Dying from acute stroke: orchestrating an autoethnographic sonata of care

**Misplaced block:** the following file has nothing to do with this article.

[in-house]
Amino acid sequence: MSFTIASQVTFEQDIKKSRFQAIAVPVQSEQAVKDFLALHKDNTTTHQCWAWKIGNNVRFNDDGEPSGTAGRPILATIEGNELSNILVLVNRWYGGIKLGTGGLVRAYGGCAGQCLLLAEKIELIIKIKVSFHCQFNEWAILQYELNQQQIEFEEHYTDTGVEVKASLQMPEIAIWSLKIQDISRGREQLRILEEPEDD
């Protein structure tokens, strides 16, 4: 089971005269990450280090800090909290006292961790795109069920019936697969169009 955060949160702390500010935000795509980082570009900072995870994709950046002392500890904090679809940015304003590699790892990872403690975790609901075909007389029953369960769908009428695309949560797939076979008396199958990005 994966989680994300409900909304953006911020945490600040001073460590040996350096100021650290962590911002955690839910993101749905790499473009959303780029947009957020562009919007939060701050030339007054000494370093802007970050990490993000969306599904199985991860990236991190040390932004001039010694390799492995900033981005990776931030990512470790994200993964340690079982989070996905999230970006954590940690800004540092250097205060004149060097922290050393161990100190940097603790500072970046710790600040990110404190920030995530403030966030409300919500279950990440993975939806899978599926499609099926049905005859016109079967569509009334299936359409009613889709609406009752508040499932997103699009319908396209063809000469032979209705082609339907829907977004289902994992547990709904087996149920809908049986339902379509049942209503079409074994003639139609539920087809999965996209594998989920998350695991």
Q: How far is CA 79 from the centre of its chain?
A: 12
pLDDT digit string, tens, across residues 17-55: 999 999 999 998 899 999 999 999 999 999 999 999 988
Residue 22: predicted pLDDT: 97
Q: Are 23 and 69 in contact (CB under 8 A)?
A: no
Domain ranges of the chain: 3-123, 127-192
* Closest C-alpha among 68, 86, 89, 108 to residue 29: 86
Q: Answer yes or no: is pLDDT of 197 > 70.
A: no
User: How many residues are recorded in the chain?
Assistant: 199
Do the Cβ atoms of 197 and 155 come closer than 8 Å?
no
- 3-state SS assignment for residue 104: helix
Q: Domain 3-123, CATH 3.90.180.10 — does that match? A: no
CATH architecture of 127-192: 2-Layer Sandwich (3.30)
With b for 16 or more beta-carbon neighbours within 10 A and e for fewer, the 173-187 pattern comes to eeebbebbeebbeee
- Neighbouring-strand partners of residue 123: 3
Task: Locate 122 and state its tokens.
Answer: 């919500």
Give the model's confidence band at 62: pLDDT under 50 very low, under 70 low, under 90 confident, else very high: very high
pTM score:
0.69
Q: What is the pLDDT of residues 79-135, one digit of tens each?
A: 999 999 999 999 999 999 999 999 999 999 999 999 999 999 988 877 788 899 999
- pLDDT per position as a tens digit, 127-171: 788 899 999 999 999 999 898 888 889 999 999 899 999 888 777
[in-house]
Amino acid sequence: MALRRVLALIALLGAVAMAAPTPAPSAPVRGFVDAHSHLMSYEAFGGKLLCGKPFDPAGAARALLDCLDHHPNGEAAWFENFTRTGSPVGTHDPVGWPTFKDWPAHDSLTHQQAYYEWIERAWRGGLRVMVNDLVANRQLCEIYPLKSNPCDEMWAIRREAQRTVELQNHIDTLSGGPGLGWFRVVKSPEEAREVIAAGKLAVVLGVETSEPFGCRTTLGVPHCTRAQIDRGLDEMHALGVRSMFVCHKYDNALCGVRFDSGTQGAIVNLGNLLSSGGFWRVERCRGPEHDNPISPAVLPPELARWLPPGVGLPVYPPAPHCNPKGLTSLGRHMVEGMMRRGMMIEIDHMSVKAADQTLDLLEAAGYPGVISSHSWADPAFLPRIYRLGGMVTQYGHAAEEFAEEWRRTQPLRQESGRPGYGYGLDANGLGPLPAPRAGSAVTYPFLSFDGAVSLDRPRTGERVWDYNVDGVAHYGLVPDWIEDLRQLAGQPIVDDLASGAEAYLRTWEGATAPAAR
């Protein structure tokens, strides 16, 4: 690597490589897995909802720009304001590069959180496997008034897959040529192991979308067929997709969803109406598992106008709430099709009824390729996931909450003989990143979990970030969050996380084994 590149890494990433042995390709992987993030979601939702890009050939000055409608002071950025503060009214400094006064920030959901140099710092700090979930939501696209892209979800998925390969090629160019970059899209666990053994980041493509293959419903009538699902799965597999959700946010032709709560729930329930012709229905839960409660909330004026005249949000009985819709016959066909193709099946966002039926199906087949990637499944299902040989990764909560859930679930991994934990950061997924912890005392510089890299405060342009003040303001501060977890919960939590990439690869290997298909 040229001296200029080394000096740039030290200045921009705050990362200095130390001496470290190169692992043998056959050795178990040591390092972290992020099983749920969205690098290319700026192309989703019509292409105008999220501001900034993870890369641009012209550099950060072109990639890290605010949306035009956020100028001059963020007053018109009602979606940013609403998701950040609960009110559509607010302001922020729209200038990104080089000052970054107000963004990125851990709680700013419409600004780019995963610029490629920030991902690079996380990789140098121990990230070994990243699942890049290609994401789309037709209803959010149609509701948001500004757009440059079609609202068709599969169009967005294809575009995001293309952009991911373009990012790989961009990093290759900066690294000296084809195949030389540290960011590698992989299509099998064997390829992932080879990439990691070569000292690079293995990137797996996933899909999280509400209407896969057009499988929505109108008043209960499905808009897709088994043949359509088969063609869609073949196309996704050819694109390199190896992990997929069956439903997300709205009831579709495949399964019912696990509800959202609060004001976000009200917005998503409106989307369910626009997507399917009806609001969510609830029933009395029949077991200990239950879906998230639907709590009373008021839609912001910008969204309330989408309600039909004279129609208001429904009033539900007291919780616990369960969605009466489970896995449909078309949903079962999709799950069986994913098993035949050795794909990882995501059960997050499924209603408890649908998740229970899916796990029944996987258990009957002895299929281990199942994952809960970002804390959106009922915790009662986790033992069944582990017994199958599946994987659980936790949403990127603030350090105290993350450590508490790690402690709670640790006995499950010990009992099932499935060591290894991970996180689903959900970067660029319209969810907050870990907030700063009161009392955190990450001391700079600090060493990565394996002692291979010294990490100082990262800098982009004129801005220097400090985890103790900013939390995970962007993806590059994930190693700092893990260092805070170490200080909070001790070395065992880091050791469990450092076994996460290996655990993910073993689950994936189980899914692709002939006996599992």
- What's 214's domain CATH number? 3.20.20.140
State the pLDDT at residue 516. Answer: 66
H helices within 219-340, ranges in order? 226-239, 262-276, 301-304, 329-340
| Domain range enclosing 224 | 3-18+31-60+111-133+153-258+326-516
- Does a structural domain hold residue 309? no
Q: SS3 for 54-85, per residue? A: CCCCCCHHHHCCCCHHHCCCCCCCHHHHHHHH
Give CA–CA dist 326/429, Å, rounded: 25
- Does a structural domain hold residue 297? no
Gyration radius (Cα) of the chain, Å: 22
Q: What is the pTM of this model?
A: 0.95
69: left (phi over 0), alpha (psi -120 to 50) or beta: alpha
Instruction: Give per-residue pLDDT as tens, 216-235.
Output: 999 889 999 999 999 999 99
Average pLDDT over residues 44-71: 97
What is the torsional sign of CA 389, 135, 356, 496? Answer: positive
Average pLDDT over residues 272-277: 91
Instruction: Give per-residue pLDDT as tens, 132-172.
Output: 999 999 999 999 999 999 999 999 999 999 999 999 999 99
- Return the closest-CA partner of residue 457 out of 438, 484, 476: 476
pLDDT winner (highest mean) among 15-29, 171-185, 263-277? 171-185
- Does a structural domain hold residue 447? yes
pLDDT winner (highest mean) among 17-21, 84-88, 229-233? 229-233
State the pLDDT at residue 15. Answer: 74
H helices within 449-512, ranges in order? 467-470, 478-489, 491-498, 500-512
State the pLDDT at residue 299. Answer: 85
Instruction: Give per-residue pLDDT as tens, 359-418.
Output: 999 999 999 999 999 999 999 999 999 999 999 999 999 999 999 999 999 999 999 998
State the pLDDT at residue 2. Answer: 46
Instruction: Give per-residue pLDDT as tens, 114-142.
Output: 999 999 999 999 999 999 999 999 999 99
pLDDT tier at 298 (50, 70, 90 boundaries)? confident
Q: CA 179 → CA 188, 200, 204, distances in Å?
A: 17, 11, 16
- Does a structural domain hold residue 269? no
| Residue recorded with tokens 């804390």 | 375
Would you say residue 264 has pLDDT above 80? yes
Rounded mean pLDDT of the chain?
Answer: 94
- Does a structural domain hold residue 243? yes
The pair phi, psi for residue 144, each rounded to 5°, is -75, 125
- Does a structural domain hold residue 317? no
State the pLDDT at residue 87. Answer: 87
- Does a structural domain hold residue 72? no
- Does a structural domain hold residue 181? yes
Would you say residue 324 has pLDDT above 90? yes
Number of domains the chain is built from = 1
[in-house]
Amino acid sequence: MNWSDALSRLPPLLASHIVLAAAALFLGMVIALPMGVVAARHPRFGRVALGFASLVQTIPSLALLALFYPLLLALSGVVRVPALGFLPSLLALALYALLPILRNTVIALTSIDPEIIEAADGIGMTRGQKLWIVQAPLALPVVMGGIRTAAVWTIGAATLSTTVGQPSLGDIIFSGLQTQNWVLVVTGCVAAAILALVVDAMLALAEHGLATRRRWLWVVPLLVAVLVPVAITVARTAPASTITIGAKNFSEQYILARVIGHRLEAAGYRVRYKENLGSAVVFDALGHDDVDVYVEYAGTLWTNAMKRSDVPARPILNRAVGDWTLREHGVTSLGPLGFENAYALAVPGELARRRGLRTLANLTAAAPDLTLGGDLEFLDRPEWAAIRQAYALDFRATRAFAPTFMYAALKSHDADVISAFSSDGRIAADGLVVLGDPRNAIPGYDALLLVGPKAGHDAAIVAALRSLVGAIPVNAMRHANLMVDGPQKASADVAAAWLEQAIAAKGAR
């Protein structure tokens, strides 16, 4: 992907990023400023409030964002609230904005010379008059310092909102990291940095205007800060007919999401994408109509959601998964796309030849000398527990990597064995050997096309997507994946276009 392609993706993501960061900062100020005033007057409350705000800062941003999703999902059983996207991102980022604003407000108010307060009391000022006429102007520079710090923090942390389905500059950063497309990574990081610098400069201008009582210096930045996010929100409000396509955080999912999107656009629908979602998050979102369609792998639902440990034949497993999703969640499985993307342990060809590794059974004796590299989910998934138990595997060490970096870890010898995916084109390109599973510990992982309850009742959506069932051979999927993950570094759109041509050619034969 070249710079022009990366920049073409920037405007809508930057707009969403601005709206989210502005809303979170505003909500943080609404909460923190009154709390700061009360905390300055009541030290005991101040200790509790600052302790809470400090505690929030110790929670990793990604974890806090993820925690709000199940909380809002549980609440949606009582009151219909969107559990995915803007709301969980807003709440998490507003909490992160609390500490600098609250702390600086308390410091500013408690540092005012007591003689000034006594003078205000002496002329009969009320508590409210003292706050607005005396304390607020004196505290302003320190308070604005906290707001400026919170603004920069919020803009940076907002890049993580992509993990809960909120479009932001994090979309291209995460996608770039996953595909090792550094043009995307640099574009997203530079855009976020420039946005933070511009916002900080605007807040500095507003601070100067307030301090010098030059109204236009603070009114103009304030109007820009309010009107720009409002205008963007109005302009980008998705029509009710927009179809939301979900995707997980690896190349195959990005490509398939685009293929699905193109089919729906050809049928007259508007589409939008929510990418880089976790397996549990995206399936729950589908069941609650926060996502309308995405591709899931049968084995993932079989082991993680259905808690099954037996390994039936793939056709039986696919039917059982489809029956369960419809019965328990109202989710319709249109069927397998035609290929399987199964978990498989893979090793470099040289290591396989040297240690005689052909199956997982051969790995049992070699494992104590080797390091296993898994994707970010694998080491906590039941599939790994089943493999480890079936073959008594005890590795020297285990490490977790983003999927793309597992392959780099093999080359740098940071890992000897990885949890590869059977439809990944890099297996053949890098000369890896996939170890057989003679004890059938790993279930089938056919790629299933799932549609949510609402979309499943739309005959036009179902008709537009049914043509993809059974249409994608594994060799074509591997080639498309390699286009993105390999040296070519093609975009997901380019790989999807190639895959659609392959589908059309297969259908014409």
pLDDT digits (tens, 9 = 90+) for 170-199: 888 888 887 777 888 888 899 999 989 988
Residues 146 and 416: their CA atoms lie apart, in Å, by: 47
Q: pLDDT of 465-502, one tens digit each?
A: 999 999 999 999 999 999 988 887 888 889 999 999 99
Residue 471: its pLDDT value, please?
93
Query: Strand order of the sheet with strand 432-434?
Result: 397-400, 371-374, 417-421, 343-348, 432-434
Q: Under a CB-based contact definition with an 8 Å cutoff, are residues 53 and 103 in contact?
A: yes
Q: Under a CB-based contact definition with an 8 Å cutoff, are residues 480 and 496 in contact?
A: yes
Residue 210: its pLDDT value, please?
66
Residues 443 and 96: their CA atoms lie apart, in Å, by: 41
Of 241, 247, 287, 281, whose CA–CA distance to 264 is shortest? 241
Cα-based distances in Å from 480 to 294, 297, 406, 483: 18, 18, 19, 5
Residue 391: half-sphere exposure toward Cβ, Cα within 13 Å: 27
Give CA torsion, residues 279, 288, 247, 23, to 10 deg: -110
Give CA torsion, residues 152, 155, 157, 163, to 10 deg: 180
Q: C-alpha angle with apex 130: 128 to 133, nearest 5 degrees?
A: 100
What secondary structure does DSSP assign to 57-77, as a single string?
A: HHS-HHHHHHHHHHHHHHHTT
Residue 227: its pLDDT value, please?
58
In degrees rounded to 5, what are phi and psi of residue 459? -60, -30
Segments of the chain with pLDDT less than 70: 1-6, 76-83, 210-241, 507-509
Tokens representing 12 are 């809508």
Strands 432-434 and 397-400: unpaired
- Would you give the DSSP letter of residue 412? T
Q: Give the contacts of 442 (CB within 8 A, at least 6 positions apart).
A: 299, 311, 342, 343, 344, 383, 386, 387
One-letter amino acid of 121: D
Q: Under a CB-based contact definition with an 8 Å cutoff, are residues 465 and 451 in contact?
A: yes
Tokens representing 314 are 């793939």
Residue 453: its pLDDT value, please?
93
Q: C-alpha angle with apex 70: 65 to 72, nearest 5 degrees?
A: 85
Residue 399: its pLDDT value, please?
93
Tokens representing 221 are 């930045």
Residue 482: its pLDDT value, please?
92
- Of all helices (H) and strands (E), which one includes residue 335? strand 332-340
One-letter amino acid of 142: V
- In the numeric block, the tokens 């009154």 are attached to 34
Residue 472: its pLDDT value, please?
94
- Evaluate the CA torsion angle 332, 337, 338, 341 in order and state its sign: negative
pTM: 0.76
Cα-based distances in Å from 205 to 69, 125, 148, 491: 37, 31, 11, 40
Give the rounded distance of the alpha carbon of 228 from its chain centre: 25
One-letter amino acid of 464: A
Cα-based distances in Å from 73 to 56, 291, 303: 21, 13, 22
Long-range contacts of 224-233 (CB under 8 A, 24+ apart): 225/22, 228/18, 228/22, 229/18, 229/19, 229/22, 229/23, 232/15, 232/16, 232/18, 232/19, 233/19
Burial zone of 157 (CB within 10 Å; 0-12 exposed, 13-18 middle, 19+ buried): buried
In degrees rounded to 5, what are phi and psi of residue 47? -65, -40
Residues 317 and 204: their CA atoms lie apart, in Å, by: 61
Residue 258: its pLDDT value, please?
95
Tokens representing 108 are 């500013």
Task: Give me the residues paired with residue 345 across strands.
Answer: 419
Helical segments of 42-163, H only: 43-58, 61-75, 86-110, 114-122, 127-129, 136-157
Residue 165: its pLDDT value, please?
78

A thesis submitted in partial fulfilment of the requirements of the University of Wolverhampton for the degree of Professional Doctorate in Health and Wellbeing.This authoethnographic study draws together the experiences of the researcher and bereaved family members of patients who died in hospital following an acute stroke. It takes the form of a Sonata Framework that mirrors the author’s narrative around the duration and onset of his mother’s stroke, hospital care and ultimate discharge home to die. Although symptoms experienced by individuals with malignant and non-malignant disease are similar, evidence suggests the transition from acute to palliative care remains problematic for patients following an acute stroke, not least when seeking to identify when someone is nearing end of life. A qualitative interview study aimed to explore the personal experiences of family members whose relative had died following admission to an acute stroke ward. In order to do this, six adult relatives of patients who died in hospital following an acute stroke were interviewed using a semi-structured interview schedule. Data were inductively analysed to produce basic, organising and global themes, and presented in the form of thematic networks: The Family Experience and Dying & Death. Further findings were deductively derived through the lens of the Sonata Framework. Findings suggested shortfalls in the provision of palliative and end of life care following acute stroke, although areas of good practice were identified. Overall, participants were complimentary of the care provided to their family member although the transition from acute to palliative was variable. The quality of communication between patients, relatives and staff was patchy, with no evidence of engagement with the hospital palliative care team, nor any discussions instigated by staff relating to preferred place of death. This study provided evidence of some improvement in local palliative and end of life care provision when compared with previous research, although gaps in such provision still exist. Staff should receive palliative and end of life care training, including communication skills training to identify individuals who may be nearing the end of life and to instigate timely conversations with their family members. Further research relating to the provision of palliative and end of life care for individuals following an acute stroke is recommended

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